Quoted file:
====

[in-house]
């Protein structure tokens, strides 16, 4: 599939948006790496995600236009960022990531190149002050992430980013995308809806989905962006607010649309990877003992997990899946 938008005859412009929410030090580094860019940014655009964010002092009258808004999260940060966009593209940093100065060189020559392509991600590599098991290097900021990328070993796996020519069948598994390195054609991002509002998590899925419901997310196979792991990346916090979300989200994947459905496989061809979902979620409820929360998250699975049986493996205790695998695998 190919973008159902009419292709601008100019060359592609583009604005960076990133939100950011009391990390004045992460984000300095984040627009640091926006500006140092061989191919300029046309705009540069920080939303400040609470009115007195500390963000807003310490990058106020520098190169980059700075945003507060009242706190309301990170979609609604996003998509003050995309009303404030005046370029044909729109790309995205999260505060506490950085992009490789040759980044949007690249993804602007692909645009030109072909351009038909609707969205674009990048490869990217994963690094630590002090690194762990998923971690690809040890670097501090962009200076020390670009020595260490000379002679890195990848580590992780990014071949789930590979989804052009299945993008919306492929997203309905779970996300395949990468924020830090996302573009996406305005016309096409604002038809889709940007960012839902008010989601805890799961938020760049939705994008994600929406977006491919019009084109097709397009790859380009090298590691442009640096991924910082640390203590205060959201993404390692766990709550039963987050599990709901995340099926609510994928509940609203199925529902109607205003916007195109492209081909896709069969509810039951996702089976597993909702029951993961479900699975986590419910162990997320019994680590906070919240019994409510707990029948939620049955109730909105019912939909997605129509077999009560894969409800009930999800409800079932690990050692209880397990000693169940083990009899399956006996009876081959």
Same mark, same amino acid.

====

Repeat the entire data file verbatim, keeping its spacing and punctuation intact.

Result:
[in-house]
């Protein structure tokens, strides 16, 4: 599939948006790496995600236009960022990531190149002050992430980013995308809806989905962006607010649309990877003992997990899946 938008005859412009929410030090580094860019940014655009964010002092009258808004999260940060966009593209940093100065060189020559392509991600590599098991290097900021990328070993796996020519069948598994390195054609991002509002998590899925419901997310196979792991990346916090979300989200994947459905496989061809979902979620409820929360998250699975049986493996205790695998695998 190919973008159902009419292709601008100019060359592609583009604005960076990133939100950011009391990390004045992460984000300095984040627009640091926006500006140092061989191919300029046309705009540069920080939303400040609470009115007195500390963000807003310490990058106020520098190169980059700075945003507060009242706190309301990170979609609604996003998509003050995309009303404030005046370029044909729109790309995205999260505060506490950085992009490789040759980044949007690249993804602007692909645009030109072909351009038909609707969205674009990048490869990217994963690094630590002090690194762990998923971690690809040890670097501090962009200076020390670009020595260490000379002679890195990848580590992780990014071949789930590979989804052009299945993008919306492929997203309905779970996300395949990468924020830090996302573009996406305005016309096409604002038809889709940007960012839902008010989601805890799961938020760049939705994008994600929406977006491919019009084109097709397009790859380009090298590691442009640096991924910082640390203590205060959201993404390692766990709550039963987050599990709901995340099926609510994928509940609203199925529902109607205003916007195109492209081909896709069969509810039951996702089976597993909702029951993961479900699975986590419910162990997320019994680590906070919240019994409510707990029948939620049955109730909105019912939909997605129509077999009560894969409800009930999800409800079932690990050692209880397990000693169940083990009899399956006996009876081959």
Same mark, same amino acid.